I am a huge fan of Austin Kleon. His advice to artists is to “show your work” or, in other words, to share the creative process in order to invite input, garner interest and de-mystify the labour involved.
In this spirit I thought I would share some writing with you which is still in development. It’s destined as a new piece for my spoken word band Hopewell Ink and although I’m fairly happy with the words as I’ve written them, collaboration with my musical partner could lead to changes. For instance, it’s not unknown for me to redraft after, or even during, the sessions in which he devises the sounds or music to go with the words: it’s a two-way street where his sounds make me re-think my words at the same time as my words are suggesting sounds to him. We rarely disagree…
The new piece is called “Gentle Men”. Rather amazingly, it originated in an idea I had over 13 years ago and is listed in a notebook as a “genre-indeterminate idea” meaning I didn’t know if it might turn into a poem, story or even, I suppose, a novel. Hopewell Ink was a long way in the future then.
The direct source was a song by John Martyn called “Don’t You Go” a hauntingly beautiful lament about the perennial sacrifice of young men by warmongers, and the words are an appeal to resist the call to arms. (You can read the lyrics here.) Loving John Martyn’s music as I did (and do), I was moved by the song and made these (freeewritten) notes:
This languished in my notebook until 2013 when I exhorted myself to have “another go”:
In the second note, I’m focusing on the young male singers themselves, after seeing this video on Youtube of Tim Buckely singing “Song to the Siren”. Again, however, the “germ” didn’t grow into anything.
But the last few years of the #MeToo movement have put ideas about masculinity into new contexts.
Feminists such as myself have spent years analysing and protesting against the ways that society sets out what should be rewarded in women (e.g. attractiveness, docility, selflessness). There has never been a shortage of descriptions of the ideal woman by men (in art, advertising, or government policy, for instance), but women rarely spell out what they want men to be like. Culturally, the image of the superhero is maybe the closest to a shared male ideal, but that isn’t much practical help to anyone.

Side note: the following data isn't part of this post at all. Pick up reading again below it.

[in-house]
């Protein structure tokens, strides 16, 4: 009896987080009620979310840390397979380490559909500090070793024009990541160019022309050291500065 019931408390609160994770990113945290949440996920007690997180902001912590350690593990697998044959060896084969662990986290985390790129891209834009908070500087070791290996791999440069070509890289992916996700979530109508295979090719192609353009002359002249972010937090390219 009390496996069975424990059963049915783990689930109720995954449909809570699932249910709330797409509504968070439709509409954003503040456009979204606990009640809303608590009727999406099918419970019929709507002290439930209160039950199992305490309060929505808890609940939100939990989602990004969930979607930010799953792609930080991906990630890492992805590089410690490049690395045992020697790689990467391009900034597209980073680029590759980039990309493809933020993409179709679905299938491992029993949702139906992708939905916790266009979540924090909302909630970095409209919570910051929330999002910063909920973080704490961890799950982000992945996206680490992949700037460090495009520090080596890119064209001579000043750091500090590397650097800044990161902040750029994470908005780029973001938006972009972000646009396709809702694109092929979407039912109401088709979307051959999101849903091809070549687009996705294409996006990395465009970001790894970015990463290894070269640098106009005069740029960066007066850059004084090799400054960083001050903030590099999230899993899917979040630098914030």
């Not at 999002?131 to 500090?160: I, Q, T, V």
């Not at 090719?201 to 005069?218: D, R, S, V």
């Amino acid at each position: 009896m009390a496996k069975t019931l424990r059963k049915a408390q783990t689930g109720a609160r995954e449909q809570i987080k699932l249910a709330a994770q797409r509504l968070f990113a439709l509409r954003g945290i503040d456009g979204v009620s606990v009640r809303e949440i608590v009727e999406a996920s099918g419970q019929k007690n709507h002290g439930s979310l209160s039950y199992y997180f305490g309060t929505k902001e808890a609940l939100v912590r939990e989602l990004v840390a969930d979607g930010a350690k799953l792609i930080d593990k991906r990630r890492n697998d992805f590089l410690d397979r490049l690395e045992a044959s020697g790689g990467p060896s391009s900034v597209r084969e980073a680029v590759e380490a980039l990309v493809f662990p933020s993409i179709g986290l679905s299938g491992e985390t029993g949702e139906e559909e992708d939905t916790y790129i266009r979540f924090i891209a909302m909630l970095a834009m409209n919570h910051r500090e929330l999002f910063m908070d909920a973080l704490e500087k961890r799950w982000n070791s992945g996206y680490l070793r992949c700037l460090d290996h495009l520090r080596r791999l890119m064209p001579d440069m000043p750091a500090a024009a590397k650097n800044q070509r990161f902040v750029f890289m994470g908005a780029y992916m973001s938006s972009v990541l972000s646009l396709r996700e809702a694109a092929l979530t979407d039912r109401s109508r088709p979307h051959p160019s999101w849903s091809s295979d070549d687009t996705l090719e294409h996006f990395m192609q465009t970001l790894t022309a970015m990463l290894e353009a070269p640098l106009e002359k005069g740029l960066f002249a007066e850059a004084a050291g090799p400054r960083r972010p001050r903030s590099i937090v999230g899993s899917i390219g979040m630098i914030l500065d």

Some men, such as Robert Webb (see a clip from an interview here), have been trying to de- and re-construct the idea of masculinity and I think women should join in the debate. Female views should in theory be welcomed because some men nowadays seem to be genuinely confused over issues of consent, and basic good manners.
It’s all made me want to identify and explain clearly what I think is admirable in men, so I went back to my notebook entries and finally wrote something based on those old fragments. Nervous about sharing my views on masculinity in public, I tried it out first on the men in my life…and they liked it!
Here it is, then: “Gentle Men” which will be coming to a Hopewell Ink gig or CD soon, in some form or other! Let me know if you like it, or have some suggestions for improvement.
I’d also be interested to hear your views on masculinity today, whatever your gender: what, for you, is a gentle man? Or do you have a different ideal of masculinity altogether? Do you agree with Robert Webb that masculinity has no meaning or relevance in modern society?
Finally, why not make these questions the basis of a freewrite using the prompt “what is a gentle man?” or “which men have I admired and why?” Choose one and write without stopping for 10 minutes, putting down exactly what you find in your head without editing or censorship. Alternatively you could try freewriting on the more direct question “what is a good man?” in order to blast through your defences and give you a truthful result. Who knows, it might even lead on to a story or a poem. Good luck!